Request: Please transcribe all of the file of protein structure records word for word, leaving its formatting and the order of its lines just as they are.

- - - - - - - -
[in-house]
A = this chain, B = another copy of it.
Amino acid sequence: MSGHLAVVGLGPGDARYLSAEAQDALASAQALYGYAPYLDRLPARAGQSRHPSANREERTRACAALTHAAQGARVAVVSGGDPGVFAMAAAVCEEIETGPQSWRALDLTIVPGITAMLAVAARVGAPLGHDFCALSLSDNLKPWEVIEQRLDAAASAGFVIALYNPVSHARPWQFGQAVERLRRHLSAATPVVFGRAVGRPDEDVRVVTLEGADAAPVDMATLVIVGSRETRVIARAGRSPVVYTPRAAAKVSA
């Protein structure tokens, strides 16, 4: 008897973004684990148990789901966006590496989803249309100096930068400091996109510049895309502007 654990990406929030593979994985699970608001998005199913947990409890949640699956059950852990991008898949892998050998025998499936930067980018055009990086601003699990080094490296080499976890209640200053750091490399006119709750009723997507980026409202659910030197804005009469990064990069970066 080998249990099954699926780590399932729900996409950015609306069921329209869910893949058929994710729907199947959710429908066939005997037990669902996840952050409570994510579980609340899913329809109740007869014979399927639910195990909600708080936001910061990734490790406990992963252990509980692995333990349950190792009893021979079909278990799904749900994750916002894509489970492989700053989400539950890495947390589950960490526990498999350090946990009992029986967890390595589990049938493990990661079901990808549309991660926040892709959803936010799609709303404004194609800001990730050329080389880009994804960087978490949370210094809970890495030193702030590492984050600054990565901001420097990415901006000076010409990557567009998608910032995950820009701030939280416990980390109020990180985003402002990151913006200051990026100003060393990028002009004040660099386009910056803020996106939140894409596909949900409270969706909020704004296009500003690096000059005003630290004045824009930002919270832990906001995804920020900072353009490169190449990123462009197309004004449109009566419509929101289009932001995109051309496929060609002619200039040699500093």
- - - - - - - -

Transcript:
[in-house]
A = this chain, B = another copy of it.
Amino acid sequence: MSGHLAVVGLGPGDARYLSAEAQDALASAQALYGYAPYLDRLPARAGQSRHPSANREERTRACAALTHAAQGARVAVVSGGDPGVFAMAAAVCEEIETGPQSWRALDLTIVPGITAMLAVAARVGAPLGHDFCALSLSDNLKPWEVIEQRLDAAASAGFVIALYNPVSHARPWQFGQAVERLRRHLSAATPVVFGRAVGRPDEDVRVVTLEGADAAPVDMATLVIVGSRETRVIARAGRSPVVYTPRAAAKVSA
């Protein structure tokens, strides 16, 4: 008897973004684990148990789901966006590496989803249309100096930068400091996109510049895309502007 654990990406929030593979994985699970608001998005199913947990409890949640699956059950852990991008898949892998050998025998499936930067980018055009990086601003699990080094490296080499976890209640200053750091490399006119709750009723997507980026409202659910030197804005009469990064990069970066 080998249990099954699926780590399932729900996409950015609306069921329209869910893949058929994710729907199947959710429908066939005997037990669902996840952050409570994510579980609340899913329809109740007869014979399927639910195990909600708080936001910061990734490790406990992963252990509980692995333990349950190792009893021979079909278990799904749900994750916002894509489970492989700053989400539950890495947390589950960490526990498999350090946990009992029986967890390595589990049938493990990661079901990808549309991660926040892709959803936010799609709303404004194609800001990730050329080389880009994804960087978490949370210094809970890495030193702030590492984050600054990565901001420097990415901006000076010409990557567009998608910032995950820009701030939280416990980390109020990180985003402002990151913006200051990026100003060393990028002009004040660099386009910056803020996106939140894409596909949900409270969706909020704004296009500003690096000059005003630290004045824009930002919270832990906001995804920020900072353009490169190449990123462009197309004004449109009566419509929101289009932001995109051309496929060609002619200039040699500093």